Ed Harris revealed his indifference toward The Man In Black’s character arc through season three of the HBO original series, Westworld. Harris signed on for the mysterious role all the way back in 2015. For two seasons, The Man In Black, along with the hosts, roamed inside the Western theme park. Through timeline jumps and flashbacks, audiences watch William (Jimmi Simpson) embrace his dark side and become The Man In Black with each visit to the park and every piece of humanity he loses. By season three, episode six, “Decoherence,” the outlaw William audiences have come to fear transforms, as he faces five versions of himself, into The Man In White. Broken, desperate, and sporting a straightjacket.


Harris takes on the role of brooding, barbaric Delos executive, thirty years after the events of William (Simpson) and Logan Delos (Ben Barnes), which play out in the first season, subtitled, “The Maze.” Through season two, “The Door,” Harris-as-William tries to find the Forge and unlock the park’s secrets. Season three takes place outside the park, features new cast members, like Aaron Paul playing human Caleb, who is intriguing but soaks up a lot of screentime.

Vulture spoke to Ed Harris about his thoughts on The Man In Black’s development through the season. One of the biggest reveals came when Harris was asked about the filming of William’s, “Clockwork Orange-like-therapy-treatment,” Harris answers directly: “You do what you gotta do. I mean, I signed on to play the Man in Black. I didn’t sign on to play the Man in White. So it wasn’t the most joyous season for me, I gotta say.” He echoes similar sentiments to some Westworld fans, who are unhappy with the direction of the show. Not all fans feel this way, with some praising the departure from the stale Western motif and taking on pressing social questions about technology that drive season three of Westworld.

The actor also discussed the surreal experience of acting alongside Jimmi Simpson, as the two men share a character three decades apart. The shoot with Simpson was a “group” therapy session, overseen by his surrogate father, James Delos (Peter Mullan), and called for Harris to portray Corporate-Willian, The Man In Black, and The Man In White, in turn. When asked about the experience playing himself over, Harris revealed wasn’t too challenging with such a well-organized shoot, other than how little he knows about his character. One carrot Westworld continues to dangle is whether or not William is a host, and the answer remains unclear.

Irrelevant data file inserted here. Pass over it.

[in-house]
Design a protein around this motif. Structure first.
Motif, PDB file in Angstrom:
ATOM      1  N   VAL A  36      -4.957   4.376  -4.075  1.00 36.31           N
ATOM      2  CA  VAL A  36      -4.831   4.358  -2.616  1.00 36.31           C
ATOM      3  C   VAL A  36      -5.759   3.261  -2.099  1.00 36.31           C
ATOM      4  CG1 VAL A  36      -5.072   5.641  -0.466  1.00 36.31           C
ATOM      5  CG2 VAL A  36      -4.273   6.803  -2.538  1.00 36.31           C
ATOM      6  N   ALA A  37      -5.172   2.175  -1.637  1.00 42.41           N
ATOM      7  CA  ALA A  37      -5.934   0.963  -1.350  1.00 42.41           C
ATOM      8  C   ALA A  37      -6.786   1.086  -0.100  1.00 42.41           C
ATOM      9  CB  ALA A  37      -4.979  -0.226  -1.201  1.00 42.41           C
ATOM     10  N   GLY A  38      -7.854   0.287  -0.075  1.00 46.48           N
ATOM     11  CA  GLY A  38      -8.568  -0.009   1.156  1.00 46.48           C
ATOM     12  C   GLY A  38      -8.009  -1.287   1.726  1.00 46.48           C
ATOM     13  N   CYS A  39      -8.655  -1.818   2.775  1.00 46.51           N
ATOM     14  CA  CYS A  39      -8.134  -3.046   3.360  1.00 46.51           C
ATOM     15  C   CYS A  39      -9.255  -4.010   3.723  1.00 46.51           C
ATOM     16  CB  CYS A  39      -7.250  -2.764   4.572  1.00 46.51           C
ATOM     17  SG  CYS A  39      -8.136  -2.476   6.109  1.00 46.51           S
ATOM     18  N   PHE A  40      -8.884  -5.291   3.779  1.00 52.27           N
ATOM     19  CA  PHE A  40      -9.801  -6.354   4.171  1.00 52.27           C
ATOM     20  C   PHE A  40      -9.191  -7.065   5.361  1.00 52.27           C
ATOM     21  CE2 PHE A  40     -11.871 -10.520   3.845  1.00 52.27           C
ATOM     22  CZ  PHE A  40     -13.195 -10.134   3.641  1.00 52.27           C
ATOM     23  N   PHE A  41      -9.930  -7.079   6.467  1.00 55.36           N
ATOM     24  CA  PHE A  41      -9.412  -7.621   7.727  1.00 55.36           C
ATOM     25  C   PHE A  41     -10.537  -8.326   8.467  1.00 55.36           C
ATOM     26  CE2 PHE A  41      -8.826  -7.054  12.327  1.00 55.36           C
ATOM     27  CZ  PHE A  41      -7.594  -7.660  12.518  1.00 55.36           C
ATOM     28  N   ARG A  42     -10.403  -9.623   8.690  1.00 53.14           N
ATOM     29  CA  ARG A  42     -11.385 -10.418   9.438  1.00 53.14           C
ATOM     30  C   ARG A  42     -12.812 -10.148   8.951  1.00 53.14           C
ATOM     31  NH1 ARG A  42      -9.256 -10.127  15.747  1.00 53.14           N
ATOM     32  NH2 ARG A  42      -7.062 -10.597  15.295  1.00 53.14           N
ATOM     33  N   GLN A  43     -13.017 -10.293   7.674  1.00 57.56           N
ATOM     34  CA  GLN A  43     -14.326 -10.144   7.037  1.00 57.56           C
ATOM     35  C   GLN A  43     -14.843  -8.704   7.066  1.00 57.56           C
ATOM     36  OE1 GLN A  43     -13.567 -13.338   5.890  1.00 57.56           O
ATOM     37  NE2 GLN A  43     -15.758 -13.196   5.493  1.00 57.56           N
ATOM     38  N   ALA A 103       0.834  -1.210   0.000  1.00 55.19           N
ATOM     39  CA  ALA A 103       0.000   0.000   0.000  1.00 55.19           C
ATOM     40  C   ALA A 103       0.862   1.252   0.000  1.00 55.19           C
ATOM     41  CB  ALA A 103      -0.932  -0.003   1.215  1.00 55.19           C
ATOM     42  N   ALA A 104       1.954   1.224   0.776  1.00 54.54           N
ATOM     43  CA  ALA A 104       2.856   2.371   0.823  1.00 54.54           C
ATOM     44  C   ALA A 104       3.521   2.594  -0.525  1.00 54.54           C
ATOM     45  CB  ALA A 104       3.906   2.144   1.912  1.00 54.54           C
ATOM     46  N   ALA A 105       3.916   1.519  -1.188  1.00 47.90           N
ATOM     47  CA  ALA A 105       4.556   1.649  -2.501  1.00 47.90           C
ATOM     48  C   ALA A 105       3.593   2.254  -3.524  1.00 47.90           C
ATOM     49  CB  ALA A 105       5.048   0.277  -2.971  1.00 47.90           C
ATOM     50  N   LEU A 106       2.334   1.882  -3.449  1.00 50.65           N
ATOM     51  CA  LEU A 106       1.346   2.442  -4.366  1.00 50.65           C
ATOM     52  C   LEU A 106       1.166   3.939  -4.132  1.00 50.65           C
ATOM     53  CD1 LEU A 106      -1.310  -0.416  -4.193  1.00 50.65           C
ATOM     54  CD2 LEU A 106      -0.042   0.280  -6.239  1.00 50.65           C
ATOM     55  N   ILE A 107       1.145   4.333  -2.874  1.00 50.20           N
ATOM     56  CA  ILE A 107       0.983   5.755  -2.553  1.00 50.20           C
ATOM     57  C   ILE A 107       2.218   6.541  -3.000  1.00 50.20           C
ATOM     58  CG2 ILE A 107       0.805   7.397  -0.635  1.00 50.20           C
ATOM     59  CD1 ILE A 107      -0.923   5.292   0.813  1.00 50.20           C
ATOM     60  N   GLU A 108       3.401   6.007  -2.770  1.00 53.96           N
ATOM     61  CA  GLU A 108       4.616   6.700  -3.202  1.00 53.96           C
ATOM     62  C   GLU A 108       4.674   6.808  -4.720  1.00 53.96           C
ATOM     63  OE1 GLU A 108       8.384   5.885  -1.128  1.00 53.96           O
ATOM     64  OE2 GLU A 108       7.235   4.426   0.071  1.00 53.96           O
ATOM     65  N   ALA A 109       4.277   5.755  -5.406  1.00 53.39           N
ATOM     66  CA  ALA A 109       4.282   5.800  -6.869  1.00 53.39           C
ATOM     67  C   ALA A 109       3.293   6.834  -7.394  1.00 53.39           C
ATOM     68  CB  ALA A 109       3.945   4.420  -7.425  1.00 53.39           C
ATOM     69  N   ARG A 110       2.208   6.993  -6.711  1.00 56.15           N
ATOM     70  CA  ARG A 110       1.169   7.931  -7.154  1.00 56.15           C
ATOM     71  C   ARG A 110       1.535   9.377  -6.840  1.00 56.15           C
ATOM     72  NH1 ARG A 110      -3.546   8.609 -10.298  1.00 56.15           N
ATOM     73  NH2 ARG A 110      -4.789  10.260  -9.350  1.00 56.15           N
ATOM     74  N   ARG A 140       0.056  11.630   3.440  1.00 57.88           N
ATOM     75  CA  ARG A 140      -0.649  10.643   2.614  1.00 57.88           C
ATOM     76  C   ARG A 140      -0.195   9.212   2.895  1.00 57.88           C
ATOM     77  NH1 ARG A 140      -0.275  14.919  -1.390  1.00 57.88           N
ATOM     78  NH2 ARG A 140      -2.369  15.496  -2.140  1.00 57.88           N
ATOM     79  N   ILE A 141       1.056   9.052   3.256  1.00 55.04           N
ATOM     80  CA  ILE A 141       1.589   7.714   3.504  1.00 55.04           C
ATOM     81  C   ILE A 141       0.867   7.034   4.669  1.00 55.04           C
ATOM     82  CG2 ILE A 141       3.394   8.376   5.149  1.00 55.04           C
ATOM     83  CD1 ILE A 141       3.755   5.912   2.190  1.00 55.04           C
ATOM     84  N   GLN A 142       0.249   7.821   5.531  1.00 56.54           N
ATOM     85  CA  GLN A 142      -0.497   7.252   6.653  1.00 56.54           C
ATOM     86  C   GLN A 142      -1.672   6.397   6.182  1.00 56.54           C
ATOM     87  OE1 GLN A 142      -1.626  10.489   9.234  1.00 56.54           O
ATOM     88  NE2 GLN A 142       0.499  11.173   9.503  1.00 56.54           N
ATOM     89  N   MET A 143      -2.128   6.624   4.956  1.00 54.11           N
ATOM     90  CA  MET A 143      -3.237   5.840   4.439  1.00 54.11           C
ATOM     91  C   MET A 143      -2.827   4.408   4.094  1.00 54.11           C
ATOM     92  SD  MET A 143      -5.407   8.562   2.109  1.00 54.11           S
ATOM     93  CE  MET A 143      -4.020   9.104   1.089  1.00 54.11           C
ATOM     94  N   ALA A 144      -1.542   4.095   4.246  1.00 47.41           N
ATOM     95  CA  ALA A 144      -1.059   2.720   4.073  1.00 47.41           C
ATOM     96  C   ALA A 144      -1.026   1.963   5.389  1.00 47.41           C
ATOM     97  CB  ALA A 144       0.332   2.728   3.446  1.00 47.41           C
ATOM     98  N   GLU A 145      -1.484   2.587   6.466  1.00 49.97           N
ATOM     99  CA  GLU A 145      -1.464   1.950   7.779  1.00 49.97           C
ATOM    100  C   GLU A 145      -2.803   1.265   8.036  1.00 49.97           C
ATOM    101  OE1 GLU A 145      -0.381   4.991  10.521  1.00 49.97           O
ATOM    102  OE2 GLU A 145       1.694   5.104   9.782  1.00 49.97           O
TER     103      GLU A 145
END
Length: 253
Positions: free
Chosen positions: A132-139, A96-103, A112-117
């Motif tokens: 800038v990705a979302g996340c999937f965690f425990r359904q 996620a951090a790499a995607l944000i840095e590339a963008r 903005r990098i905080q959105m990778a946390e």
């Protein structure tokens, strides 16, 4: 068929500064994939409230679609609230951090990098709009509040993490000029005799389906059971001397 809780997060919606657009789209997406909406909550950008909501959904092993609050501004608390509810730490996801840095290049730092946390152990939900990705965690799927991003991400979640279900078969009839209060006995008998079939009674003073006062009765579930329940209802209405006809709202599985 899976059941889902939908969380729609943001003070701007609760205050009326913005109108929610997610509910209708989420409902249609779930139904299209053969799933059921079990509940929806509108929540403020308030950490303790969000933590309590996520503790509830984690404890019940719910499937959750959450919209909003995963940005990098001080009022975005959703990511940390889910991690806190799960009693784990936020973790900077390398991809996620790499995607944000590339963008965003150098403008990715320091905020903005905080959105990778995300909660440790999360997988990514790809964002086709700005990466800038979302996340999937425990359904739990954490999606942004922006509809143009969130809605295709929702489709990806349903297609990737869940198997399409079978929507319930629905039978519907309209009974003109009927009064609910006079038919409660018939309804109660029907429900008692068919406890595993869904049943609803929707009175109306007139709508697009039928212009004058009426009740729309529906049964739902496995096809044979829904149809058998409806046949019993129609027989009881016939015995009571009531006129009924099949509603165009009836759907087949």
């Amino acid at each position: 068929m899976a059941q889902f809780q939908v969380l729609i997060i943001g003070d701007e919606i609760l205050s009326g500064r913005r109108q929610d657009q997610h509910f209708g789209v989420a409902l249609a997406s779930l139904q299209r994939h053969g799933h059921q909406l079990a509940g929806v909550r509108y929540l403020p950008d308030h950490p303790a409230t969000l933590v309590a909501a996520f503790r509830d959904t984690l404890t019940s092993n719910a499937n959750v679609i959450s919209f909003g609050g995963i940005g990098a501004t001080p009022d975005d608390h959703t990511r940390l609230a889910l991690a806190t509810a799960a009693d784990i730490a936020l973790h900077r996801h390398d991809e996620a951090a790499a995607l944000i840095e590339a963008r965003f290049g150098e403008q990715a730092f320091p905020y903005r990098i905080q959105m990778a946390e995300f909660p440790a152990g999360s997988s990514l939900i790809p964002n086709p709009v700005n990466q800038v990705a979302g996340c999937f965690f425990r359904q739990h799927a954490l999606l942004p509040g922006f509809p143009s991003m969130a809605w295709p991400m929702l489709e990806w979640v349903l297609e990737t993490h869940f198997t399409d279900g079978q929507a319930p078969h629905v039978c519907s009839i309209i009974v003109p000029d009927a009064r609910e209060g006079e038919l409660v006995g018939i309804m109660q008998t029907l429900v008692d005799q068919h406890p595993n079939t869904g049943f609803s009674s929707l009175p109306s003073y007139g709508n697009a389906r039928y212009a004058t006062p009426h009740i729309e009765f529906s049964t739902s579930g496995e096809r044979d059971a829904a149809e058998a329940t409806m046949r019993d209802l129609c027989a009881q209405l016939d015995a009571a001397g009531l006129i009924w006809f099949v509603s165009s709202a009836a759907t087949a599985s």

Ed Harris’ grievances are understandable, but good television requires reinvention. Audiences need the balance of comfort and familiarity, alongside twists and unexpected turns. Westworld performs a delicate dance to keep The Man In Black an enigma while underscoring the certainty of his corruption. Westworld was renewed for a fourth season, which means that as long as William lives, Harris could keep finding himself in situations further away from the character in season one. The series likes to shake up the cast and bring back characters after killing them off, so it’s anyone’s guess where The Man In Black, or, The Man In White goes from here. While it might not be what Harris signed on for, but it’s what Westworld fans demand.

Source: Vulture 

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